June 29, 2011 -- The onset of puberty is a critical moment for reaching girls with health messages and information, and the stakes are particularly high in countries where the HIV/AIDS epidemic rages and where threats to female reproductive health abound. Yet to date, the healthcare community in low-resource countries has tended to neglect this opportunity and instead concentrate efforts on young women who are older and of reproductive age.
In Tanzania, a multi-year project to address this gap has been led by Marni Sommer, DrPH, MSN, RN, at Columbia University's Mailman School of Public Health. Since 2006, Dr. Sommer has worked with Tanzanian girls and health authorities to develop a culturally sensitive programin the form of a bookthat delivers critical information about puberty and health, answering questions that the girls, themselves raise. Research on this project, known as the Girl's Puberty Book Project appears in the current issue of the International Electronic Journal of Health Education.
"The Girl's Puberty Book provides a critical interim step towards improving girls' comfort levels during puberty and offers an opportunity for teacher and parent discussions with young girls on reproduction, menstrual onset and management, and body change, reaching an important window before the onset of sexual activity," said Dr. Sommer. "Given the numerous health-related risks faced by adolescent girls and women in low-income countries, such as infection with HIV, unsafe abortions, and gender-based violence, policy and programs that aim to ensure that girls transition through puberty with a healthy body and a sense of empowerment are an important component of improving population health."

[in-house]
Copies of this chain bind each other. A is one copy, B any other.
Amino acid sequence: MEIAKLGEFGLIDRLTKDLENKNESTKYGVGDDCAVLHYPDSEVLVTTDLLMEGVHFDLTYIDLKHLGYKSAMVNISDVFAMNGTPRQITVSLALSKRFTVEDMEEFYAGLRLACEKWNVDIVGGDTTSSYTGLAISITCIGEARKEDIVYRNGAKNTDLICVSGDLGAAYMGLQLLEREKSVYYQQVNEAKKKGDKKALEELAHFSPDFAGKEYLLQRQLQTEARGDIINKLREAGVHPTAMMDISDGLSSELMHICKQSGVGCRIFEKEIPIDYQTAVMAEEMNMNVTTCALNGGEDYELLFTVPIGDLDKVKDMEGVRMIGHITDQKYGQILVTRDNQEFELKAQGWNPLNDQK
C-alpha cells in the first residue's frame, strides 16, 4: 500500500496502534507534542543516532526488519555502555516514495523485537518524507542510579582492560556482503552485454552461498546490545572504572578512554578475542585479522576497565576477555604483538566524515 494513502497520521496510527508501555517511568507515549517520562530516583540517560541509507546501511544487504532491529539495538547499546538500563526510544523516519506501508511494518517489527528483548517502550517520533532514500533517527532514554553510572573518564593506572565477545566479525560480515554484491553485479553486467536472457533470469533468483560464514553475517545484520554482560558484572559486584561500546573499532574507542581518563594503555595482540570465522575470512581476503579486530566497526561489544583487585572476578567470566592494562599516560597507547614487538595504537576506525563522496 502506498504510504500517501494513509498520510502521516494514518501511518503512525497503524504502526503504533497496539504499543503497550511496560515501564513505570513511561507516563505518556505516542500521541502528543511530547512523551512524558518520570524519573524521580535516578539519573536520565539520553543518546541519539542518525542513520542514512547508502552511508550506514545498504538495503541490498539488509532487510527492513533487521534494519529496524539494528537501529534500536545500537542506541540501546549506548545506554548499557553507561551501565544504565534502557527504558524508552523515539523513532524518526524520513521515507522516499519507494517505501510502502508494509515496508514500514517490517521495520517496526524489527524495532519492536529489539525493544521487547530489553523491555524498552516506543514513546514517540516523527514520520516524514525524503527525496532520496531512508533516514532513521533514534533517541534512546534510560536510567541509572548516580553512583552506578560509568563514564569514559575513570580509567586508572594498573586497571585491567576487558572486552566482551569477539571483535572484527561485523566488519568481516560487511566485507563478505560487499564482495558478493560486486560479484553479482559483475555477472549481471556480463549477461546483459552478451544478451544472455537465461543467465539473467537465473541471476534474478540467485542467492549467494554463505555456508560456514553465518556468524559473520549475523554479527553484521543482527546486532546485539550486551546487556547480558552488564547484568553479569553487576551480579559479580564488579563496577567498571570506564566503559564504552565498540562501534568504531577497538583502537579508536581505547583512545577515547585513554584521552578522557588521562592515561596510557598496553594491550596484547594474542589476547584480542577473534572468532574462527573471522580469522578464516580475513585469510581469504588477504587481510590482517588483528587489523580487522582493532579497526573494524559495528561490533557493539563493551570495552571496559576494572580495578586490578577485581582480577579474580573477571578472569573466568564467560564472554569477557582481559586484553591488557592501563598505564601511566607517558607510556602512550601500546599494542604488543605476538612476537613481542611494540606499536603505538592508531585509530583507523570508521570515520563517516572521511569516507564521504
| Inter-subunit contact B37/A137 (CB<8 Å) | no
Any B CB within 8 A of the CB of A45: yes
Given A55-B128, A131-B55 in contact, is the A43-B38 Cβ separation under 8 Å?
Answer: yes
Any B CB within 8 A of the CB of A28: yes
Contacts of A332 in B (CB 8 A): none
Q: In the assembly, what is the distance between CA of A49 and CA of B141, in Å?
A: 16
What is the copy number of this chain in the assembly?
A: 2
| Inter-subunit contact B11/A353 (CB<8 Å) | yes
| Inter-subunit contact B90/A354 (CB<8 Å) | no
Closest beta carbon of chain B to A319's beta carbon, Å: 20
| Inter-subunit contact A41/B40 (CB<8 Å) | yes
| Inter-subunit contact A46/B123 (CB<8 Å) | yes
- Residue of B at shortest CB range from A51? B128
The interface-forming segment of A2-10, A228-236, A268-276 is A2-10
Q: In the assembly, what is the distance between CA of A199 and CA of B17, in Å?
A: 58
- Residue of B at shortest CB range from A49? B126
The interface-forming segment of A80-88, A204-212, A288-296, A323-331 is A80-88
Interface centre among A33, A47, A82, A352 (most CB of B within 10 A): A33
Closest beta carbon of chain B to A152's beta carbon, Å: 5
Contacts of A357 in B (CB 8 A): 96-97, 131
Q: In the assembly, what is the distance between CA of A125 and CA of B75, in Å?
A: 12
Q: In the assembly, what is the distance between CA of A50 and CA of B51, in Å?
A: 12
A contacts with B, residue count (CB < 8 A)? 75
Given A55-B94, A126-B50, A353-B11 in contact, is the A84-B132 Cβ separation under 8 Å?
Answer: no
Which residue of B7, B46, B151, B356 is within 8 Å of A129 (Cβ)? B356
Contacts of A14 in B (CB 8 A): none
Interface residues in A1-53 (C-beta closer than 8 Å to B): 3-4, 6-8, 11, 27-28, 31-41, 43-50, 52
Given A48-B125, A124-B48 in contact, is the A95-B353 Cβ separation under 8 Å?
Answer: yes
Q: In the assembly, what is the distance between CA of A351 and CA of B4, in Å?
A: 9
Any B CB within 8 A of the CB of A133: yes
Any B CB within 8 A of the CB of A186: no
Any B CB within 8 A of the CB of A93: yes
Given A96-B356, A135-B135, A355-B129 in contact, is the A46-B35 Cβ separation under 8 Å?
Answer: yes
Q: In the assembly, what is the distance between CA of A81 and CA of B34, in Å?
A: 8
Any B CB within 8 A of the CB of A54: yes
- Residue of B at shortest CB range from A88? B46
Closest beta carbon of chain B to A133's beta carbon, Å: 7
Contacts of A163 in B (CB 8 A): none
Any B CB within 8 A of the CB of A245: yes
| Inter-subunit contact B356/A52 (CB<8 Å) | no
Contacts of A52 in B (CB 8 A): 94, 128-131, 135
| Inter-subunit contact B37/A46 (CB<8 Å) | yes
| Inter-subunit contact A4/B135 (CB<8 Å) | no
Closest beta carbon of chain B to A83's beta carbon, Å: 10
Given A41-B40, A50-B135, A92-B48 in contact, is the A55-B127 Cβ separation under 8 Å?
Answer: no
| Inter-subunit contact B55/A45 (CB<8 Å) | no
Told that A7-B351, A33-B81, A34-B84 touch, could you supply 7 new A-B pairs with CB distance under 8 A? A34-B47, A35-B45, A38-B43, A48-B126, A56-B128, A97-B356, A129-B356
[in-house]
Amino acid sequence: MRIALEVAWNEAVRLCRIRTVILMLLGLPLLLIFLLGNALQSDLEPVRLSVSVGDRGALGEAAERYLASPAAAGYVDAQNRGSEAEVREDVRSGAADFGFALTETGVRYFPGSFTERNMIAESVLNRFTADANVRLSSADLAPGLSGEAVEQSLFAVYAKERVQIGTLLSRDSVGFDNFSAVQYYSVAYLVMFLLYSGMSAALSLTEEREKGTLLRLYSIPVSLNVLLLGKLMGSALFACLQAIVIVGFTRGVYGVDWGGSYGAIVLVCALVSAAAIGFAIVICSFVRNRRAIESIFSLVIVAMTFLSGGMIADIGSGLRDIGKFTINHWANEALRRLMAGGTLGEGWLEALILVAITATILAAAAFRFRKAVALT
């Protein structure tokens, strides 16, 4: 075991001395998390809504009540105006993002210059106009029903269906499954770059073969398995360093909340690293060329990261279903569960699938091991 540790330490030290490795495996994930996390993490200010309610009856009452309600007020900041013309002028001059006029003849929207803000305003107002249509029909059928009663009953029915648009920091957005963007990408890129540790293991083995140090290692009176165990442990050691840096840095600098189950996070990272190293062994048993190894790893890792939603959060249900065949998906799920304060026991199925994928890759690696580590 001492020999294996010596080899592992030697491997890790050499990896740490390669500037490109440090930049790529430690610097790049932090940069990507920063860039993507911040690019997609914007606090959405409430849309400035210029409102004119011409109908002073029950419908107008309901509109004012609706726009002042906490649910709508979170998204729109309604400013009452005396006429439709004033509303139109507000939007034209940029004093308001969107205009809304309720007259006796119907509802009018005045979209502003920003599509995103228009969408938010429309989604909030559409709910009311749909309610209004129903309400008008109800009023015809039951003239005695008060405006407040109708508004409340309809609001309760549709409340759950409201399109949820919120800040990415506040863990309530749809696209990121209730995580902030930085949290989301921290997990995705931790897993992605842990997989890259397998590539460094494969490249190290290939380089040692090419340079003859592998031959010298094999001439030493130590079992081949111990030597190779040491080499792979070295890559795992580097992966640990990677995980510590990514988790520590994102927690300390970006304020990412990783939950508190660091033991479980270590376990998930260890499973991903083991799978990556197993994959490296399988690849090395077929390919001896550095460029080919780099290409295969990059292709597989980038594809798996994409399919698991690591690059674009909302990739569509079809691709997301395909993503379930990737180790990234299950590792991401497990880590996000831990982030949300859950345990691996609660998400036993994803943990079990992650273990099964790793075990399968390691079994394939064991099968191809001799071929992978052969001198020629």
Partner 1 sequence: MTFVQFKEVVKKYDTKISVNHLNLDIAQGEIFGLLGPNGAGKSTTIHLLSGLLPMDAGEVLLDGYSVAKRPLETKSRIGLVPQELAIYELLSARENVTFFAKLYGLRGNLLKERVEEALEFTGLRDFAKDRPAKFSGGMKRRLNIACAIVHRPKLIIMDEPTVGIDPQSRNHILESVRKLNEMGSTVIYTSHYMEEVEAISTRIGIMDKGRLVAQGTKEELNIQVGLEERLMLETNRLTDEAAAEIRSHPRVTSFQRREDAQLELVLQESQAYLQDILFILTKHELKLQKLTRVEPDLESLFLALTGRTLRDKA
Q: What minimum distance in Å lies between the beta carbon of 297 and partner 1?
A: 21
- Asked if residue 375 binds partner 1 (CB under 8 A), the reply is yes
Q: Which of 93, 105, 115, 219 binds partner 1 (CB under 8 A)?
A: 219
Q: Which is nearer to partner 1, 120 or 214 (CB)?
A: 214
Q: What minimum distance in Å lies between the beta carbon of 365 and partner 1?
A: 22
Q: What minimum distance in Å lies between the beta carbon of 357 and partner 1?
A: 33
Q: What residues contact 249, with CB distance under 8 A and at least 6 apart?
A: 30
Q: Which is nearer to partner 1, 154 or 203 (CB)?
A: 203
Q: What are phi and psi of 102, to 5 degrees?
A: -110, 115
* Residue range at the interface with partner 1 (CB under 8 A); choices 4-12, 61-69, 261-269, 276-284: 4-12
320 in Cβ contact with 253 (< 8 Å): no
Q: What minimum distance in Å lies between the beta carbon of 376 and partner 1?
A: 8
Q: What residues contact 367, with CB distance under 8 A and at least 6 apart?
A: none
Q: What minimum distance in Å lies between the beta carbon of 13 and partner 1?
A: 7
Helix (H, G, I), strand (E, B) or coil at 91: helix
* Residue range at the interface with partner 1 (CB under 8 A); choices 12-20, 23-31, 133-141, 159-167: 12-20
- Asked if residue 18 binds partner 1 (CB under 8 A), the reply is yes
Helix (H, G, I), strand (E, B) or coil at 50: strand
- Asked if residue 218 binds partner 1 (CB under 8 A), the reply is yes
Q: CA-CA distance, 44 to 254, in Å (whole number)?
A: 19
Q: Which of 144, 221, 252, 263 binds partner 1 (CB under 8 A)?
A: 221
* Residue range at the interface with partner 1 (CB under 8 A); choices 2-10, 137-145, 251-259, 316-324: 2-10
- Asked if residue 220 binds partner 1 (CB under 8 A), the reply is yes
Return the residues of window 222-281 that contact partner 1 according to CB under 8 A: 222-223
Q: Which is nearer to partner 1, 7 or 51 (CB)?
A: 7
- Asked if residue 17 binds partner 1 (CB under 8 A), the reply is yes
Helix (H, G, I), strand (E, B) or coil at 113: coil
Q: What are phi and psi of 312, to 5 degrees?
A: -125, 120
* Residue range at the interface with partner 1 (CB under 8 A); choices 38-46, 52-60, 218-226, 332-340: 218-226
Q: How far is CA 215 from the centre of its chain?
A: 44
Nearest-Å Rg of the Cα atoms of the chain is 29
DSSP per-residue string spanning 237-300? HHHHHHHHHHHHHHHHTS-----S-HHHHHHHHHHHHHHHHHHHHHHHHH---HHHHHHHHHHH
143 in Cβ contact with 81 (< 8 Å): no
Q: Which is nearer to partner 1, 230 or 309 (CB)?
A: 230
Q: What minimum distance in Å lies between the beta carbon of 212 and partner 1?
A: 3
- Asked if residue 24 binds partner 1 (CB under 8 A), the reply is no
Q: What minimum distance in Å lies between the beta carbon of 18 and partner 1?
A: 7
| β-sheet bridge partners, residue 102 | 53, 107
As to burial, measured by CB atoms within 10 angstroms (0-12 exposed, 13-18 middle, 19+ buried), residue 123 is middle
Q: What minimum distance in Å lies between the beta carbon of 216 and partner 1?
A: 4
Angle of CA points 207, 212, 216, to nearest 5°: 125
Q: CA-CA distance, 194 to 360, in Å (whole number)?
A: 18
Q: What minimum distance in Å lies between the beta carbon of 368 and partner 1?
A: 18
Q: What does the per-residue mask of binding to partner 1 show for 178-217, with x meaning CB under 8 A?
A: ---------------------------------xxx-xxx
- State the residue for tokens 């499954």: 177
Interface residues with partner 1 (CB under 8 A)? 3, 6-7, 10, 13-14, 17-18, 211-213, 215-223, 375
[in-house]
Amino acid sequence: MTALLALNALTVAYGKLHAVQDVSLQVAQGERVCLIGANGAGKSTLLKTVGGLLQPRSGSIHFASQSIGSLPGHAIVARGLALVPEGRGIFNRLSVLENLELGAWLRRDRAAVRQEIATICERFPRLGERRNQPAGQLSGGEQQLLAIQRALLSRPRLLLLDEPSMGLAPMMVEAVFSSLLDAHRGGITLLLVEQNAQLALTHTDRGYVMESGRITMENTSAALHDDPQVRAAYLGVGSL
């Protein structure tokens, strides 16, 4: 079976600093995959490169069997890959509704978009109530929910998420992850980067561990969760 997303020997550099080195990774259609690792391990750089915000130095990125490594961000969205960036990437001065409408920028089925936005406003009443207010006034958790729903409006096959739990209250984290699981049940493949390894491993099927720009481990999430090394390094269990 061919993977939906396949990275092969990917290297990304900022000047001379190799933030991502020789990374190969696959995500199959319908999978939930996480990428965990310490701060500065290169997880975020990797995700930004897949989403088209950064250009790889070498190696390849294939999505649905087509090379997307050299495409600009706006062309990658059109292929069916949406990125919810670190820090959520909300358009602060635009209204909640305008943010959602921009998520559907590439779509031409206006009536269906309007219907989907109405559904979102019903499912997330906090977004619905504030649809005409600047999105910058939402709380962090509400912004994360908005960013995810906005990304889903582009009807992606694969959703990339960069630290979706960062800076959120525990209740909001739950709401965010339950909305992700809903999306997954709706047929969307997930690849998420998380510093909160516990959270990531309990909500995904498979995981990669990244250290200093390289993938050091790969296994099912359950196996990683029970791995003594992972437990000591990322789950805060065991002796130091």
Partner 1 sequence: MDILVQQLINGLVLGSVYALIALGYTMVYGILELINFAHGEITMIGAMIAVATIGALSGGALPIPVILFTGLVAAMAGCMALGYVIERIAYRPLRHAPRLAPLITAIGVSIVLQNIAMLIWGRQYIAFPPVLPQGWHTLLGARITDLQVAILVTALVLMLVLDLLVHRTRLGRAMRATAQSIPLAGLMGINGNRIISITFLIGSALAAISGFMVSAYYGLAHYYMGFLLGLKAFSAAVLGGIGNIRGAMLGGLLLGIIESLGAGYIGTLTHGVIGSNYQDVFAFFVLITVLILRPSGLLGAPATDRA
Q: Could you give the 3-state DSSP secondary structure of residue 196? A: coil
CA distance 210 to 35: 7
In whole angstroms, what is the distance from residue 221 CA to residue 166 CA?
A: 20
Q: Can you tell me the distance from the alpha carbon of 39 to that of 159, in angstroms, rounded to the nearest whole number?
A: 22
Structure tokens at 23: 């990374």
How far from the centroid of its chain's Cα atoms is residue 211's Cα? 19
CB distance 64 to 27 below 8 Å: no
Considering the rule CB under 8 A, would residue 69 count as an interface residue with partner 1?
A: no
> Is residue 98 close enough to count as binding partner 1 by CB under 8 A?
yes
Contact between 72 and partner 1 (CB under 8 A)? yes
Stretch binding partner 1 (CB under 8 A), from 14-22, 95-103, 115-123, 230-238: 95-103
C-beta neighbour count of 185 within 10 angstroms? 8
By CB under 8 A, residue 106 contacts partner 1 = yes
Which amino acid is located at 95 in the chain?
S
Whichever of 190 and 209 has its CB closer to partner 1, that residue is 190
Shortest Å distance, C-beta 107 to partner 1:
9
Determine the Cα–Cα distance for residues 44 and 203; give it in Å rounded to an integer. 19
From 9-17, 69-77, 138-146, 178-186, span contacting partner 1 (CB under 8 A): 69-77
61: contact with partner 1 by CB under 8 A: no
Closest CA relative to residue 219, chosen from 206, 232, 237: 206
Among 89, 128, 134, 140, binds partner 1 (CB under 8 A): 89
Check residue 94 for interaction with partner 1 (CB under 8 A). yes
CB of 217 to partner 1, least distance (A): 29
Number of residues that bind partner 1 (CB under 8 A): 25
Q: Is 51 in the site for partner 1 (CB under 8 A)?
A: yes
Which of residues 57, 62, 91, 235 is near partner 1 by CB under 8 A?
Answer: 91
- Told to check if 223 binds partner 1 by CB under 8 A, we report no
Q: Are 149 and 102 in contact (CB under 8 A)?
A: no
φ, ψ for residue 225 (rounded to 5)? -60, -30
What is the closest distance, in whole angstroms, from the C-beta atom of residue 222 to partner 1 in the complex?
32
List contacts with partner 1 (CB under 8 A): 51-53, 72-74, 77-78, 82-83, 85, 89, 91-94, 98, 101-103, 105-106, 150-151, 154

The first phase of the Girl's Book Project occurred in 2006 - 2007 when Dr. Sommer explored girls' experiences of puberty and menstruation using in-depth interviews and participatory activities to capture the voices of Tanzanian girls and informatio
|Contact: Stephanie Berger|
Columbia University's Mailman School of Public Health